Foale, Kaleri, & Duque:
Soyuz TMA-3 is on its way, chasing down the ISS to deliver Expedition 8, and to change out the Soyuz.
While I was in Star City in the summer of 2000, I got the chance to sit in the TM series trainer, which was being phased out for the newer TMA, in which Sheperd, Gidzenko and Krikalev were training at the time.
The first thing I noticed was that the old landing instrument from the original Soyuz series was still present! Up there on the top right of the instrument panel you can see a little globe behind glass. The globe is probably about 10 cm across, making it about 1:1,274,200,000 scale.
The way the original crews predicted their landing zones was to peer out the window until they saw a feature they recognized, rotate the globe to that feature, and then use the Vzor periscope (the green screen in the center, between my legs, the Commander's position) to right the craft and recognize the precise moment when the craft was over the feature. The Commander then relayed this to the Navigator in the right seat, who pressed a button, releasing a mechanical clockwork spring, rotating the globe to the predicted landing site. Bzzzzt-ting!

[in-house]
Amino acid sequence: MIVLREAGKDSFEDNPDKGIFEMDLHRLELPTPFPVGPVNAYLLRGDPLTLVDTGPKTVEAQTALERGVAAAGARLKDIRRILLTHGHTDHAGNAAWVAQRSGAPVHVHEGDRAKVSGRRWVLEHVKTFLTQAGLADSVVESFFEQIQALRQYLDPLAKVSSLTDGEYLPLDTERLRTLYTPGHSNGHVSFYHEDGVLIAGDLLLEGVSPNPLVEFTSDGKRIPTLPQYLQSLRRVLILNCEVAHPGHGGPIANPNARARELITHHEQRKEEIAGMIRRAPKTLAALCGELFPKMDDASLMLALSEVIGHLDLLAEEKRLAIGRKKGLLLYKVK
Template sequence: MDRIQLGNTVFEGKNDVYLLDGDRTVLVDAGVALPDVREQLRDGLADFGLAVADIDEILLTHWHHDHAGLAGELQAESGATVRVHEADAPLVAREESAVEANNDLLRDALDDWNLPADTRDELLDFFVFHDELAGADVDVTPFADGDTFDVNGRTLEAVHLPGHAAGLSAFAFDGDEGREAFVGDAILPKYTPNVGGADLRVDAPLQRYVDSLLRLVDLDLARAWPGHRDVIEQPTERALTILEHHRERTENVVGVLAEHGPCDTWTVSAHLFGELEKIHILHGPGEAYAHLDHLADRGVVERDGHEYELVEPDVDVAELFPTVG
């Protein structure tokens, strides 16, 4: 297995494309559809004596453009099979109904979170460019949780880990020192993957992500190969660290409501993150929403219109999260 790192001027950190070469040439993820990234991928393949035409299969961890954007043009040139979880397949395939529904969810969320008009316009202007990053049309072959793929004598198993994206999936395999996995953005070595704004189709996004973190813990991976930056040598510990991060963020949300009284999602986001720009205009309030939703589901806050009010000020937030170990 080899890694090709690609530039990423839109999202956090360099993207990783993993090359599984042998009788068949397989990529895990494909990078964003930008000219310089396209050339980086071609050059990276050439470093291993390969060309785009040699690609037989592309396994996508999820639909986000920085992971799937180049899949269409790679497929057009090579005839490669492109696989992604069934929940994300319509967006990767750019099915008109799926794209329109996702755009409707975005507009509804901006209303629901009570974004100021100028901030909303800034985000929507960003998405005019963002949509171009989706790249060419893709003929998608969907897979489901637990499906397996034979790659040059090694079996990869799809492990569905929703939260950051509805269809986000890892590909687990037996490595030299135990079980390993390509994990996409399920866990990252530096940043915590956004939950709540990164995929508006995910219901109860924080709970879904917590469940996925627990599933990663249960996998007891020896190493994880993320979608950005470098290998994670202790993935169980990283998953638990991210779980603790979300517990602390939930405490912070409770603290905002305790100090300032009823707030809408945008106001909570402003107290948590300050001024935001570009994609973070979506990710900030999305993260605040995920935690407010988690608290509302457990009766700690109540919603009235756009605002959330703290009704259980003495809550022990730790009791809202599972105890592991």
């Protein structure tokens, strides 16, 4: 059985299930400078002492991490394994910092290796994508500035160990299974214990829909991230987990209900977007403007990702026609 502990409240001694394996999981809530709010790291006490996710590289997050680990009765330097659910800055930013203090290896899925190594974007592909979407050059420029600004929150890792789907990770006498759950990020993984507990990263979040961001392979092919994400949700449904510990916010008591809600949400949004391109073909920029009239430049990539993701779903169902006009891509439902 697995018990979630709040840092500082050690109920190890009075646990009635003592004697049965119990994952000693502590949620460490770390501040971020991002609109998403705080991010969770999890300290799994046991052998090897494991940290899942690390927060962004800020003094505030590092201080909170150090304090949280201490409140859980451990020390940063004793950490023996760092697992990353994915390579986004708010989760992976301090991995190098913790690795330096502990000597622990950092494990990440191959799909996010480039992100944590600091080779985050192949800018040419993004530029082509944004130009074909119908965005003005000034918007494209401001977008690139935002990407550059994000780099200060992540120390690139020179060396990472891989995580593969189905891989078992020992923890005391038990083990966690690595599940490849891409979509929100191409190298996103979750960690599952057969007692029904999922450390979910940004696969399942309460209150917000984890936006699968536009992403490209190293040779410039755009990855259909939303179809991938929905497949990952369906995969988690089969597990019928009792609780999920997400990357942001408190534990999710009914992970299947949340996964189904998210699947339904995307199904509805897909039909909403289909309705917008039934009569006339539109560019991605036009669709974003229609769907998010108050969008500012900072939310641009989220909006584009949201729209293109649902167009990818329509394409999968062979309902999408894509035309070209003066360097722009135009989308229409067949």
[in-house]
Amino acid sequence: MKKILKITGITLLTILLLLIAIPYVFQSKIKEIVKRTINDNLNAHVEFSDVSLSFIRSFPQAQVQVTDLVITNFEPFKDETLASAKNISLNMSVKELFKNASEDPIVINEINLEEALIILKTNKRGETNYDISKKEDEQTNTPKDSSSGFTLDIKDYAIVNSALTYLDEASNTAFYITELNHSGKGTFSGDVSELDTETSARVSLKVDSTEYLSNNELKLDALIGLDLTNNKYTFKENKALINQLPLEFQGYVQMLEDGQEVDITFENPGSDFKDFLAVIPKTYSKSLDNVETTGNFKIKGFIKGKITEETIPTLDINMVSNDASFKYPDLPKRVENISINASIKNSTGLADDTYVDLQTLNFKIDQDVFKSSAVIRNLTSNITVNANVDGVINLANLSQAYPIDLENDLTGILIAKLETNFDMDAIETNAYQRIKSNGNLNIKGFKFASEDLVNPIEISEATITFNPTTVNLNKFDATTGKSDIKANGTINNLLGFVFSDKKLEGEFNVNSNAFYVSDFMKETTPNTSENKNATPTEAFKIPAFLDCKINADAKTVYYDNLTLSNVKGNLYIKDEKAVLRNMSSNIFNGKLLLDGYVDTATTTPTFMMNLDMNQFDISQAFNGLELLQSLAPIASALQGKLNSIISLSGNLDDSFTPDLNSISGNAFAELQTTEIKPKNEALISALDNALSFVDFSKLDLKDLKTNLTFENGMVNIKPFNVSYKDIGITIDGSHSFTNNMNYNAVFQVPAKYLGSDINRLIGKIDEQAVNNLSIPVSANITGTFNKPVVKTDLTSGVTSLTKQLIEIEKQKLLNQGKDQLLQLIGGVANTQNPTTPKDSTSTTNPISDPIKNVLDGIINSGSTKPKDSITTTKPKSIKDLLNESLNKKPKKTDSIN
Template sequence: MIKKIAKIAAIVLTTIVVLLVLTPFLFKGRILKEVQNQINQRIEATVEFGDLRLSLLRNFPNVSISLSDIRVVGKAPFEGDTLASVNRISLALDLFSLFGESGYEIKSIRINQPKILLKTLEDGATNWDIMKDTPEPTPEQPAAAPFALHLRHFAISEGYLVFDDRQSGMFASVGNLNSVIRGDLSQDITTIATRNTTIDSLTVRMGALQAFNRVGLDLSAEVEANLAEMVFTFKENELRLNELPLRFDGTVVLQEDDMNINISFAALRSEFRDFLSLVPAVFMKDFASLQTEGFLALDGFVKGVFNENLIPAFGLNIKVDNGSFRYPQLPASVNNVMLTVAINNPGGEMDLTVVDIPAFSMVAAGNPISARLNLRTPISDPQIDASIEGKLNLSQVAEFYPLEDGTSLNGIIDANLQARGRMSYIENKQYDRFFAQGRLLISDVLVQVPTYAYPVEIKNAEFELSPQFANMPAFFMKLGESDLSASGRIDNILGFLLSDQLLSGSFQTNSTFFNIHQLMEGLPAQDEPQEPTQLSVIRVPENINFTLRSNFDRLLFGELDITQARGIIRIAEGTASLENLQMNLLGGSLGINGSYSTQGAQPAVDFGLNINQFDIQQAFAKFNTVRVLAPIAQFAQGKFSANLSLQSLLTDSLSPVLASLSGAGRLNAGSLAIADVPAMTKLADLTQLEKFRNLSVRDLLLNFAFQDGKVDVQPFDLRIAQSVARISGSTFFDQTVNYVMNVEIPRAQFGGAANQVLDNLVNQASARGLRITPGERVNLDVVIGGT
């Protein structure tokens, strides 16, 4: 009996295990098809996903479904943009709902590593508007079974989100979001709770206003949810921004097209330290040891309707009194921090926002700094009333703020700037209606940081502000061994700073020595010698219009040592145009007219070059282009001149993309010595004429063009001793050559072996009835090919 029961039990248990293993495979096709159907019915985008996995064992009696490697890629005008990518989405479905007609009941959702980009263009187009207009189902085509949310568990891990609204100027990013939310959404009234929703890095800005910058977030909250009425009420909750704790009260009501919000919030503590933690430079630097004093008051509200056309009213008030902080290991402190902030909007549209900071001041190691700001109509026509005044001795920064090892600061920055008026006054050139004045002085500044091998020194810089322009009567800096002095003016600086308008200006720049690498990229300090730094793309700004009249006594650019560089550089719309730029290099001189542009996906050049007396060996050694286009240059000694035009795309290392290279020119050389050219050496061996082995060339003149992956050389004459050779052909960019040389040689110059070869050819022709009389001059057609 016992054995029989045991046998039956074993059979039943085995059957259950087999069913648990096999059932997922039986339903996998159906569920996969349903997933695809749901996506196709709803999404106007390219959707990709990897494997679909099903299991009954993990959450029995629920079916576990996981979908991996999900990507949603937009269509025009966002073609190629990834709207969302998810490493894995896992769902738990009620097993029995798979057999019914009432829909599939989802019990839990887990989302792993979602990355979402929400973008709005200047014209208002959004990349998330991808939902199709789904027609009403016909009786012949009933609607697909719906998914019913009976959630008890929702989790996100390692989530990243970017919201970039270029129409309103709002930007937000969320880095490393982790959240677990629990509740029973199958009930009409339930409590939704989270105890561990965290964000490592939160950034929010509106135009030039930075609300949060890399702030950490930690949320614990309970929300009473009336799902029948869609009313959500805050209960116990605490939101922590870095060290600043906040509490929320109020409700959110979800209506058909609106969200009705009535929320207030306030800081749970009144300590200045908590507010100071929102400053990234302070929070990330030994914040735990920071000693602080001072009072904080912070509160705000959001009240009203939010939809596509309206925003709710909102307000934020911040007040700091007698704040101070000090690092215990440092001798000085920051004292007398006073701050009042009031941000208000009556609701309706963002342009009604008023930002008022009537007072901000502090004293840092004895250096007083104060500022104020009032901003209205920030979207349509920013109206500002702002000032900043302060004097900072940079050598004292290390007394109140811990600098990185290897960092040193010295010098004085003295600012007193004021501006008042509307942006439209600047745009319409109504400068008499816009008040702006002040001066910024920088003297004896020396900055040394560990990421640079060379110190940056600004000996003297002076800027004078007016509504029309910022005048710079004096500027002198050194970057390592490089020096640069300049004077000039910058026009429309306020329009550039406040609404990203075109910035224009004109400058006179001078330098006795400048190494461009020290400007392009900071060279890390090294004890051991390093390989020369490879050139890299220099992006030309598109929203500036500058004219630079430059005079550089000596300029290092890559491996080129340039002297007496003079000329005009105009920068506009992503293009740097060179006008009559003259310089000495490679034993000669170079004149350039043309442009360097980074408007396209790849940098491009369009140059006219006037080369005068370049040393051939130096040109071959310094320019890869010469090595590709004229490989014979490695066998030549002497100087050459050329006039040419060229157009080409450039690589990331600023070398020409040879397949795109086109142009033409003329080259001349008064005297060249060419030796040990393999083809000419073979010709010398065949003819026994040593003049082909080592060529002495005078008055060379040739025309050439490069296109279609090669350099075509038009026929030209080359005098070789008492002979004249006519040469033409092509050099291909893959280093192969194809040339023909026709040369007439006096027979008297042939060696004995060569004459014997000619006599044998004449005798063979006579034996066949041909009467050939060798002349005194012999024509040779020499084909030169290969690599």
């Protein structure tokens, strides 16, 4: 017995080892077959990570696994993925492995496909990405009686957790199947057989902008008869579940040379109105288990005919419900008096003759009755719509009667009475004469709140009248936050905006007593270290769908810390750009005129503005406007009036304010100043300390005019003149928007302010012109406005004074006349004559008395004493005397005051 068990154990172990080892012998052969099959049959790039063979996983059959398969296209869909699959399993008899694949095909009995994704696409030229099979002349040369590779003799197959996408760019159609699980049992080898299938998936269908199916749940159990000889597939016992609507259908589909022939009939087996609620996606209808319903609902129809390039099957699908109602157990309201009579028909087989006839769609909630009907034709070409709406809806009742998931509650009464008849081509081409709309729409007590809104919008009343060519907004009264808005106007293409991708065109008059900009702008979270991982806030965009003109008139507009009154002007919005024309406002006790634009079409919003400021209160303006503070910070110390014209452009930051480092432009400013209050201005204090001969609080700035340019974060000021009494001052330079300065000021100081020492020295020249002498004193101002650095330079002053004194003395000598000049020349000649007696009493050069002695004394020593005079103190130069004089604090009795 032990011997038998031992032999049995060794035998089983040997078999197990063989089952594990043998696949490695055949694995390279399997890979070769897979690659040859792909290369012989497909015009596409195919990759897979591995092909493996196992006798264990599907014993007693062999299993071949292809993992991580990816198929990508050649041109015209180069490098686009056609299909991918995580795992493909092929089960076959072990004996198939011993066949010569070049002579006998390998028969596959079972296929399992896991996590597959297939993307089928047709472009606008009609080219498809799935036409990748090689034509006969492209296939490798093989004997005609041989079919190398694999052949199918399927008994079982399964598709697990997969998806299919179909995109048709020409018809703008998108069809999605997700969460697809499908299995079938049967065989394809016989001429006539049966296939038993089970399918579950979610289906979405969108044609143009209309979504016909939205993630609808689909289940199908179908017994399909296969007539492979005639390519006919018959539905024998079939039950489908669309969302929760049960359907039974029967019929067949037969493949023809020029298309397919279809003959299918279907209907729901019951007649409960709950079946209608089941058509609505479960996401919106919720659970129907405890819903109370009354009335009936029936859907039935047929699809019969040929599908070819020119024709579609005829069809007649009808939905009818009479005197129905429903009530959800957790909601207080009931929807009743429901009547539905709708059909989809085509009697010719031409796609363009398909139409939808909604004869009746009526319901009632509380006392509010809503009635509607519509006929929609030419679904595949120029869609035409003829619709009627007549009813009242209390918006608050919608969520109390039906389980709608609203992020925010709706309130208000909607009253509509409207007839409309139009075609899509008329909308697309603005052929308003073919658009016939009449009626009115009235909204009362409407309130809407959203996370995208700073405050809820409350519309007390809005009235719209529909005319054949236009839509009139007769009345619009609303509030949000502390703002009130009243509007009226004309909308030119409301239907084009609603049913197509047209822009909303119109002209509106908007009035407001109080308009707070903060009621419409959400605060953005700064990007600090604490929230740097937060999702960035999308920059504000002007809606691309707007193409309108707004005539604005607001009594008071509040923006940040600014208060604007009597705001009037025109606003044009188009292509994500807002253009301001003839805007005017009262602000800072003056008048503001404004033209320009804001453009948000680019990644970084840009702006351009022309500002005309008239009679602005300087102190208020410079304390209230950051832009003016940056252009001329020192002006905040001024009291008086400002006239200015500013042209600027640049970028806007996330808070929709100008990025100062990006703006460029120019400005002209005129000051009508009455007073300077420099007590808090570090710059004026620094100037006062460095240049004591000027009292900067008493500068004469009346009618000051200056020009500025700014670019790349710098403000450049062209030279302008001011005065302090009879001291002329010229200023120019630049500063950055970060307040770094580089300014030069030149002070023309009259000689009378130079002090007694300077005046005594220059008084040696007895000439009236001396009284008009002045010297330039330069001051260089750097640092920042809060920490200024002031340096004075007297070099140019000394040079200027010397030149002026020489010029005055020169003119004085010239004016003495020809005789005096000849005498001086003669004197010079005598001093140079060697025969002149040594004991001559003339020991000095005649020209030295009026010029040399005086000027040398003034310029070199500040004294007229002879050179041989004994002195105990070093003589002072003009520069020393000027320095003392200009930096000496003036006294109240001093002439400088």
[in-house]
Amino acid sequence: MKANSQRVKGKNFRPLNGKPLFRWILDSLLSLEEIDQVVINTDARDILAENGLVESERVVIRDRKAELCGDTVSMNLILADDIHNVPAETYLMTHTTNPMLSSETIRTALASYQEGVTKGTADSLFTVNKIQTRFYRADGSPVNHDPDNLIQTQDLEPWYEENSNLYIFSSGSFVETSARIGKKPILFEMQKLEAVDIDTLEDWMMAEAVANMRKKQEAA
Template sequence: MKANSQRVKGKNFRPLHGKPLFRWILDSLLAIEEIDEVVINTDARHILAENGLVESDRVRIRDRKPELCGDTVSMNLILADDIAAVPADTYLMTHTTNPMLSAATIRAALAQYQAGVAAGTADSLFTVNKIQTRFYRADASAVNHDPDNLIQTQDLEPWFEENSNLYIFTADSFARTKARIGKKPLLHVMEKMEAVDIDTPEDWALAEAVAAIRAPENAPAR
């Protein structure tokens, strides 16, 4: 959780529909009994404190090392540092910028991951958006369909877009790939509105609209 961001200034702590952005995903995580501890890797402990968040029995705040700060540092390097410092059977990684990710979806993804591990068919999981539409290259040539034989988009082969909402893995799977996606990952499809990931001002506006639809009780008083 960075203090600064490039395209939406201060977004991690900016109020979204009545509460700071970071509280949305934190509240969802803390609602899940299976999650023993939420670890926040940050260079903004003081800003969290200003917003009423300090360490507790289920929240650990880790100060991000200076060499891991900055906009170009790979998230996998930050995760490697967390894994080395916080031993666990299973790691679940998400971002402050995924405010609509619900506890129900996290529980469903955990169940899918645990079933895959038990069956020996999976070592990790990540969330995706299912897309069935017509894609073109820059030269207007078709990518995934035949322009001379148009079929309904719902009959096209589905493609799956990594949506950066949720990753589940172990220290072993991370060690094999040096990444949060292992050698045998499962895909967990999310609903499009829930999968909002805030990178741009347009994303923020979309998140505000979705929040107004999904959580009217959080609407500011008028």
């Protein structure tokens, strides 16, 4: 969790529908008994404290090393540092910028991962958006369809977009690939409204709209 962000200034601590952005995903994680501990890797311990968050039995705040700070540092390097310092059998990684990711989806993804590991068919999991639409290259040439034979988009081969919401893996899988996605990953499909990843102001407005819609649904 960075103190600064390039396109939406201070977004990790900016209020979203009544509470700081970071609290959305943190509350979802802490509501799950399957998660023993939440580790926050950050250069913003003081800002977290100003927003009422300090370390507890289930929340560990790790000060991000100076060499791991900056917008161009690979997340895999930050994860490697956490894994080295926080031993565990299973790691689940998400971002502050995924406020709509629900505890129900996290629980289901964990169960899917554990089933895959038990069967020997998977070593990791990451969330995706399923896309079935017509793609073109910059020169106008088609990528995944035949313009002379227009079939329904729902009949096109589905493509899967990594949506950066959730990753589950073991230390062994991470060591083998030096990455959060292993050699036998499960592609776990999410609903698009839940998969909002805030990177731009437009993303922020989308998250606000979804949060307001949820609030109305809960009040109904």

Photo (c) Mark Wade
Now, each line on the crosshair is probably about 0.5 mm across. At this scale, that is about 640 km across. Combined with sighting errors in the periscope and the timing of button pushes, this probably means they had an CEP of over 1000 km! No wonder the Russians have such an amazing search and recovery network -- and no wonder why they couldn't find a few of the re-entering crews. In 1965 Voskhod 2 overshot by about 2000 miles, and landed in a forest in the Urals. Belyayev and Leonov had to spend the night with a circling wolf pack, and then cut down trees the next day so that the rescue helicopter could land. Sawn-off shotguns thereafter became standard issue in the survival pack. In 1976, Soyuz 23 landed in a marsh, on the edge of Lake Tengiz, in the middle of a blizzard. The search crew was surprised to find Zudov and Rozhdestvensky alive.
Re-entry is still not quite predictable, when you are riding on a bolide - Bowersox, Pettit and Budarin landed 450 km short of their predicted landing area last May, and were "lost" for over two hours. We shall see if they fly again -- Scott Carpenter was permanently grounded after his 400 km overshoot in Mercury 7 in 1962...
The Soyuz TMA series have a glass cockpit, replacing a lot of the analog equipment from the TM series, as can be seen here:
Photos (c) Mark Wade
It is interesting to see and compare the Shenzou cockpit with the TM & TMA series - this photo is a grainy frame from a Chinese video, which shows a pretty fundamental difference:
Photo (c) Mark Wade
A good source for much data on space programs and vehicles is the Encyclopaedia Astronautica.